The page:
Ownership Cost for Vehicles: United States Supreme Court Affirmed Ninth Circuits Judgment in Ransom

In 2005 the Bankruptcy Abuse Prevention and Consumer Protection Act or BAPCPA was passed by Congress and created the Means Test. The Means Test was created in an attempt to change a perceived problem with the bankruptcy system. The idea behind the Means Test was to take IRS standard deductions and compare them to the income of those in need of bankruptcy protection. The theory is that the Means Test would level the playing field and show if someone was spending too much money on housing, food, utilities, and if so, how much should they be spending to have money left over to pay their debts. The Means Test was designed to show that a person has disposable income to pay some of their debts back in a Chapter 13 bankruptcy rather than having all of the debts discharged in a Chapter 7 bankruptcy.
Since the creation of the Means Teses, many bankruptcy lawyers have included deductions in line 28 and 29 for “Ownership Deductions” even though the person filing for bankruptcy did not have a vehicle loan or lease for their vehicle. By taking this additional deduction a person filing bankruptcy can reduce their disposable income significantly and therefore have no disposable income available to pay their unsecured creditors.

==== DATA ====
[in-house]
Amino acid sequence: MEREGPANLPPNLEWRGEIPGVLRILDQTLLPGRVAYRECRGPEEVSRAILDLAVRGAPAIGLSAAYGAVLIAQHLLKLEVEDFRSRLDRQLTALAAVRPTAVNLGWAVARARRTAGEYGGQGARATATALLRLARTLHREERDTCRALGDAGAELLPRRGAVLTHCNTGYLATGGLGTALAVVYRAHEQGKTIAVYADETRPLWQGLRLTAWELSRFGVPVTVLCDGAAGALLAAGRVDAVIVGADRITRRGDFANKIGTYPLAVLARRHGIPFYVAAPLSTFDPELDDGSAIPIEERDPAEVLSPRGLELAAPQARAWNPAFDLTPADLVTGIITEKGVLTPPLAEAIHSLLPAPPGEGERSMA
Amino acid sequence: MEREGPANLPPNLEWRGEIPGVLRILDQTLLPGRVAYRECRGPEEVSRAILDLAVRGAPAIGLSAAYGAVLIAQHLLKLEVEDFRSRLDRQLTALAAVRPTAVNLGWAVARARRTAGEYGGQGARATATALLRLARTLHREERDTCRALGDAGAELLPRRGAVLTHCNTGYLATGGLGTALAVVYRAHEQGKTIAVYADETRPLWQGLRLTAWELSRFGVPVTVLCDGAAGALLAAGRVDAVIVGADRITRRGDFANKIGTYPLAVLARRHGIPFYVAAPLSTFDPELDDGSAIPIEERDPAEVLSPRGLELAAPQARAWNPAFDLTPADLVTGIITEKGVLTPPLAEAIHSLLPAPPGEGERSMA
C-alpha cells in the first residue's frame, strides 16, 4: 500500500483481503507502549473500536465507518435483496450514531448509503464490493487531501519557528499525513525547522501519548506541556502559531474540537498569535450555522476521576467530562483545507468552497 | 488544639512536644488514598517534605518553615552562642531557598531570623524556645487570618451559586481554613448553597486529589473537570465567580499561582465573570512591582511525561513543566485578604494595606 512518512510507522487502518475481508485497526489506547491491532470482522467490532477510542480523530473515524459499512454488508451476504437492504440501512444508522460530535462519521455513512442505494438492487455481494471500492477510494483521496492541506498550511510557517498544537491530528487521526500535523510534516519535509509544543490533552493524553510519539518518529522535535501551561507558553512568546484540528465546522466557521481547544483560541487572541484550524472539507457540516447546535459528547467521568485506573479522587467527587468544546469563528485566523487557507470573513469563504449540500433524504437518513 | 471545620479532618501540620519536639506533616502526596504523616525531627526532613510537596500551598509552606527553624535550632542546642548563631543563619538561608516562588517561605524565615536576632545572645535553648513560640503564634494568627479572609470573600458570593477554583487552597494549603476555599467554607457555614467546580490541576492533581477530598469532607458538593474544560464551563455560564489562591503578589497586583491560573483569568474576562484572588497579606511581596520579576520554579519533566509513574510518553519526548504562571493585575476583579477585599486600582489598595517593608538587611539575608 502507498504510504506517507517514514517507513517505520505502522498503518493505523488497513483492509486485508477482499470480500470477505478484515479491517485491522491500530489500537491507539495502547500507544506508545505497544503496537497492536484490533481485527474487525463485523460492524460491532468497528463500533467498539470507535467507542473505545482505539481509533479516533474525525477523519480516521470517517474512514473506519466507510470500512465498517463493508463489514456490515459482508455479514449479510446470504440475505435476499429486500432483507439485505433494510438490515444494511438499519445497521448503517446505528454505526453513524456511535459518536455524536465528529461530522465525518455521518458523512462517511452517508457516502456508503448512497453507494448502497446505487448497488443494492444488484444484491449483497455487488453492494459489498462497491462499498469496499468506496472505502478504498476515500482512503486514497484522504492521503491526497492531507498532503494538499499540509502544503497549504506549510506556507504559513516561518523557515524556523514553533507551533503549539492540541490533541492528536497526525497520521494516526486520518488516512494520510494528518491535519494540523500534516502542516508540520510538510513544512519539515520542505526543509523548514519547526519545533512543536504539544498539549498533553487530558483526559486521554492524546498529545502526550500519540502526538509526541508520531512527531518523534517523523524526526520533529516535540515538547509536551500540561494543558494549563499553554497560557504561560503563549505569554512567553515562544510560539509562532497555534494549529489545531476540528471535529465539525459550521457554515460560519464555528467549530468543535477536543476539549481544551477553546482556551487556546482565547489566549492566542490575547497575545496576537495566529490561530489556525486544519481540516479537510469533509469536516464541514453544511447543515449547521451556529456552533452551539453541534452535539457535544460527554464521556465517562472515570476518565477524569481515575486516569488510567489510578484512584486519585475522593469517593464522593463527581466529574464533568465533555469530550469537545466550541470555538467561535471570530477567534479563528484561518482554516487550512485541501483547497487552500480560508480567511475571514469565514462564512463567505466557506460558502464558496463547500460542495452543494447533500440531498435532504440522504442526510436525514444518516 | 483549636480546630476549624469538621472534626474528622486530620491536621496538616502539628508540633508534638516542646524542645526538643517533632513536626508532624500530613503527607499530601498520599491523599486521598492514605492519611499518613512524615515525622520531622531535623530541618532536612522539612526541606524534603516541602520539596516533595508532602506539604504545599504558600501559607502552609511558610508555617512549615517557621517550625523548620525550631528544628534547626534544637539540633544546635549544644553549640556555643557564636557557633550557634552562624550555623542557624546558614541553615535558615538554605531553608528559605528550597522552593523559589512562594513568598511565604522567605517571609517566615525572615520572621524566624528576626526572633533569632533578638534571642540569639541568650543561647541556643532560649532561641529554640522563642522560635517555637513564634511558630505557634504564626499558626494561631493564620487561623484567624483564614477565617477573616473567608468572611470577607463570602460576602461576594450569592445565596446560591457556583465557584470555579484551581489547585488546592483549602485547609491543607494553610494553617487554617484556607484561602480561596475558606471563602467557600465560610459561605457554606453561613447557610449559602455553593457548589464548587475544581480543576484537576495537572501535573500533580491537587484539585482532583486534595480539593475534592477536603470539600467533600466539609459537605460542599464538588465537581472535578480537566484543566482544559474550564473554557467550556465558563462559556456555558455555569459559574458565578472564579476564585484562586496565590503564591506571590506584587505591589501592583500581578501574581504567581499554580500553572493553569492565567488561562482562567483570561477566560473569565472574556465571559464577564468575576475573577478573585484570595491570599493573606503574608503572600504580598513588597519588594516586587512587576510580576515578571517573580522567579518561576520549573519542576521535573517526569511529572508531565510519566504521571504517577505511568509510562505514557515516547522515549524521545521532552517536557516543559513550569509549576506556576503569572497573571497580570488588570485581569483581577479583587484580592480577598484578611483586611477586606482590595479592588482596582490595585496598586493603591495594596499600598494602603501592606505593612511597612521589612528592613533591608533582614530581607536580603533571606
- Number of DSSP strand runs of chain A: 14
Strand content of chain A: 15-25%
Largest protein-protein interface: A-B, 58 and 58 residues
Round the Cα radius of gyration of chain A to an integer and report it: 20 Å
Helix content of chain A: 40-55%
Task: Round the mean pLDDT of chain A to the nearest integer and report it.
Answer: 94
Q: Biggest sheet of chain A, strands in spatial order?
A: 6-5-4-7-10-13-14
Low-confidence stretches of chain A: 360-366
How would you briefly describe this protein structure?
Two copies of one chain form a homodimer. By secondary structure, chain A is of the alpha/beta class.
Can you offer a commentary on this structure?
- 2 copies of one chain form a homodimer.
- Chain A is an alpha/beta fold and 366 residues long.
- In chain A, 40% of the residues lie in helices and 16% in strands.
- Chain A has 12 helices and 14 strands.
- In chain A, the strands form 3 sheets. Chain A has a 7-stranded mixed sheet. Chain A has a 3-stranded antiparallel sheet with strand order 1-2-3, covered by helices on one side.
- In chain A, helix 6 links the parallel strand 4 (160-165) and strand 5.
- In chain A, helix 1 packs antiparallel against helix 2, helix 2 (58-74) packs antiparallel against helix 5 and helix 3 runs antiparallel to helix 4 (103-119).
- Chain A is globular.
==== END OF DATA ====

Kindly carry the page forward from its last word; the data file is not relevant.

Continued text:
On January 11, 2011, the United States Supreme Court upheld the Ninth Circuits judgment and held that the “Ownership Cost” in line 28 and line 29 of the Means Test may only be taken if the bankruptcy filer actually has a car loan or lease expense. If a person owns their car free and clear then they must not take the “Ownership Cost” deduction.
The issue in this case turns on the interpretation of the word “applicable.” What a mess one simple word could create. The moral of the story is when Congress is considering the language of laws to pass, they must make their intent clear and analyze each word they use when drafting new legislation. One word could make a huge difference. Contact one of our San Jose bankruptcy lawyers or San Francisco bankruptcy lawyers for more information about the Means Test.

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